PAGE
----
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Group Behind 'Aurora' Attack on Google Still Active

Soulskill posted more than 2 years ago | from the three-years-of-experience-will-get-you-a-good-entry-level-gig dept.

Security 21

New submitter trokez writes "Symantec has monitored the activities of a group using a specific trojan (Hydraq/Aurora) since 2009. The particular group has been connected (by Symantec) to the attack on Gmail in China, but also other high-profile attacks. 'These attackers have used a large number of zero-day exploits against not just the intended target organization, but also on the supply chain manufacturers that service the company in their cross hairs. These attackers are systematic and re-use components of an infrastructure we have termed the "Elderwood Platform." The term "Elderwood" comes from the exploit communication used in some of the attacks. This attack platform enables them to quickly deploy zero-day exploits.' The attacks seems to focus on industry espionage, with the defense industry and its suppliers at the focus."

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Are these the dudes... (1, Funny)

Anonymous Coward | more than 2 years ago | (#41267515)

...who hacked the gibson?

Re:Are these the dudes... (2)

farrellj (563) | more than 2 years ago | (#41268147)

+1 for obscure "Hackers" Movie reference.

Strange Symbol (2)

puddingebola (2036796) | more than 2 years ago | (#41267597)

Mysteriously, the attackers left the symbol for lucky dragon behind in all the systems they compromised.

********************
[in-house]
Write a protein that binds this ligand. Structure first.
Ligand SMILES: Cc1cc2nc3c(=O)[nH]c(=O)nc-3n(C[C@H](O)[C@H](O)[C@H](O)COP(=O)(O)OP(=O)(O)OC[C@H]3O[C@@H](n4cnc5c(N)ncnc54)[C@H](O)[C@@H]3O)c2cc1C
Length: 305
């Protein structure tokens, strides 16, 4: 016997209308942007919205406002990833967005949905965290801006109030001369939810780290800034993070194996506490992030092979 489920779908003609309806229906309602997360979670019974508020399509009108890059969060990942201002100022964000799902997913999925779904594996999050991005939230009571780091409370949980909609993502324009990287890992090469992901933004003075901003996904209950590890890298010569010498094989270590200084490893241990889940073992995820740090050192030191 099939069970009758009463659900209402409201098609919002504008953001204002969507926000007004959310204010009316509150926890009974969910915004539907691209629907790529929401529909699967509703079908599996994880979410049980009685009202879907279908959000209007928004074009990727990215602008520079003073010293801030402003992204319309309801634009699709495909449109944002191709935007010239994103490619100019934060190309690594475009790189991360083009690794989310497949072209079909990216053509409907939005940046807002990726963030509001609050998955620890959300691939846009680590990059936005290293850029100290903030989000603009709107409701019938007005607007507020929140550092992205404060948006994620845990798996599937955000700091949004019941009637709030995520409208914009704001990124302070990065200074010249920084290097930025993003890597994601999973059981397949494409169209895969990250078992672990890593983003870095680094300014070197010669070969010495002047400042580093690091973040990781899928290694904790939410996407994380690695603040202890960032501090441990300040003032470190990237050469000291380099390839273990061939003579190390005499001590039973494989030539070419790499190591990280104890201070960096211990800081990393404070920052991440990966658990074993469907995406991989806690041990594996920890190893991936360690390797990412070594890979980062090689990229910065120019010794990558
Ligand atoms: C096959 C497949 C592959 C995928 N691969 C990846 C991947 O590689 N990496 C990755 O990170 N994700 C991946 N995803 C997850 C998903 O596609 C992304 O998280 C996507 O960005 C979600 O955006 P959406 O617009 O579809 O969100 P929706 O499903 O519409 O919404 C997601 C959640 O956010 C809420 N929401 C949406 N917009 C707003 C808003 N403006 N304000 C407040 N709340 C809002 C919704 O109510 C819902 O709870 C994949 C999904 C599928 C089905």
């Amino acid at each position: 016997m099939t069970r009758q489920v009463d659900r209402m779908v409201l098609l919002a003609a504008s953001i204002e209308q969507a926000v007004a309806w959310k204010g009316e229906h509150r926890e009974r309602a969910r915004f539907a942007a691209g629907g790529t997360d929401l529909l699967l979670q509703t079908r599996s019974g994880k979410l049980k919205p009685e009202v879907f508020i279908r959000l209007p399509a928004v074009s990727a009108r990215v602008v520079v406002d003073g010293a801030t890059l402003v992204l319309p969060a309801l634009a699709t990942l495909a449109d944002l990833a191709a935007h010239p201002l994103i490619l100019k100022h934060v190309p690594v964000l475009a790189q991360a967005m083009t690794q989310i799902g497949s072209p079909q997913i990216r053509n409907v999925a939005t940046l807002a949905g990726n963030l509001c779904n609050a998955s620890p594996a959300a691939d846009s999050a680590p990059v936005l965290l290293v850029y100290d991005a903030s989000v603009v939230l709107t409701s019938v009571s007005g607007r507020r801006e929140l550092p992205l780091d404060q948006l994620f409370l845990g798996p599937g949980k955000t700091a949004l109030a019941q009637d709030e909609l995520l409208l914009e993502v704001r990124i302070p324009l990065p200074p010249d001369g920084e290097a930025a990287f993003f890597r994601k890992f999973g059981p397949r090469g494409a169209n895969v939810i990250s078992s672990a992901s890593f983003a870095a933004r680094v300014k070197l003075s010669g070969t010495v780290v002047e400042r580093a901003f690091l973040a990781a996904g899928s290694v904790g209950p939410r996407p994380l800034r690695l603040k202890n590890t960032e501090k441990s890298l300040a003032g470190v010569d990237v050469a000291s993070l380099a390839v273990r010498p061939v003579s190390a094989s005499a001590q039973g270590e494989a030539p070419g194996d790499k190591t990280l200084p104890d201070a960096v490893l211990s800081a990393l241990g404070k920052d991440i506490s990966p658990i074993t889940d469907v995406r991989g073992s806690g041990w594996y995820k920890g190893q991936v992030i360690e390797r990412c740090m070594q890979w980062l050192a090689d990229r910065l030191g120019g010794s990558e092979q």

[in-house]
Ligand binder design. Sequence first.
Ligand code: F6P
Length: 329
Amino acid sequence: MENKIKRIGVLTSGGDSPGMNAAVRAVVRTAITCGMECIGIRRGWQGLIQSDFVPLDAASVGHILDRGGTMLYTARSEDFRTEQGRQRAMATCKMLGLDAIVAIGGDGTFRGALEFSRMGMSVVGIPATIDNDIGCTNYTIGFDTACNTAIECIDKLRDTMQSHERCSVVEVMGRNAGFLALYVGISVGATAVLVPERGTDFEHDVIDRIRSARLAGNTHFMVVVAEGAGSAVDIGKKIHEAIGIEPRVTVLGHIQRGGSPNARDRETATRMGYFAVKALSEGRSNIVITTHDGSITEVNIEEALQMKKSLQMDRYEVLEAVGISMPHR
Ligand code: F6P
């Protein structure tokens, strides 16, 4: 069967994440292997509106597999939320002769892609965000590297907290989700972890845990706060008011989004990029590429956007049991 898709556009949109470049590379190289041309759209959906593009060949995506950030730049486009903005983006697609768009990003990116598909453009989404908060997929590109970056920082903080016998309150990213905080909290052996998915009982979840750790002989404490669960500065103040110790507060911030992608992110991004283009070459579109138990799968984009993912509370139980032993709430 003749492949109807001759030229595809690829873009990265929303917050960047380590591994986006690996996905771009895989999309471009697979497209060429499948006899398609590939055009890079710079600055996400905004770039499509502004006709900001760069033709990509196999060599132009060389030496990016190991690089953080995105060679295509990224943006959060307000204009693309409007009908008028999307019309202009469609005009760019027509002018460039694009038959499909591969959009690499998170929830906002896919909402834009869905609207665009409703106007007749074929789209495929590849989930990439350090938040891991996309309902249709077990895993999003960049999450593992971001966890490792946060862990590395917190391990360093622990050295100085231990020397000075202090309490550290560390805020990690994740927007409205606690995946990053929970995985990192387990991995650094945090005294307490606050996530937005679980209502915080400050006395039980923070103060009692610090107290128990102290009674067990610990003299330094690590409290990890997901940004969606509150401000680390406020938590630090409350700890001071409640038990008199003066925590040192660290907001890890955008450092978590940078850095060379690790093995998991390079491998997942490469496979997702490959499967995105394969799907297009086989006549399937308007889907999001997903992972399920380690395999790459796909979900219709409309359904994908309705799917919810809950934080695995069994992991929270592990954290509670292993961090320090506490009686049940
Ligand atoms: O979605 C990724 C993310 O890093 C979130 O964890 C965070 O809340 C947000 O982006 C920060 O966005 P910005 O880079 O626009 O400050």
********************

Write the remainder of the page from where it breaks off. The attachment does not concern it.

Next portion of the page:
Are these the guys (2)

ozduo (2043408) | more than 2 years ago | (#41267753)

that hacked into Symantec and couldn't be booted out?

Re:Are these the guys (0)

Anonymous Coward | more than 2 years ago | (#41268947)

that hacked into Symantec and could not uninstall live installer

RSA Hack (2, Interesting)

Anonymous Coward | more than 2 years ago | (#41267815)

Yea, we saw this with the RSA hack, basically it's going up the supply chain to exploit suppliers of big companies/the government. In the RSA hack they actually made it look like it was coming from an RSA supplier, and spoofed an email with the THIRD version of an excel spreadsheet that contained a zero day exploit. The Chinese, they're good at this.

Perfect (2)

ThatsNotPudding (1045640) | more than 2 years ago | (#41267819)

Yes; let's rely on the same folks that can reduce any computer to a glacial, zombified, disk-grinding nightmare.

Sleep tight.

Re:Perfect (0)

Anonymous Coward | more than 2 years ago | (#41268383)

it's actually different people entirely.

Re:Perfect (1)

abirdman (557790) | more than 2 years ago | (#41268759)

I thought the same thing. Adobe, Symantec, Microsoft write the most hole-riddled, performance hogging, and attack-vector-filled software there is. It comes with the territory-- it's where good software and evil software meet. It fries me that anti-virus software is only marginally less annoying than the viruses they protect us from.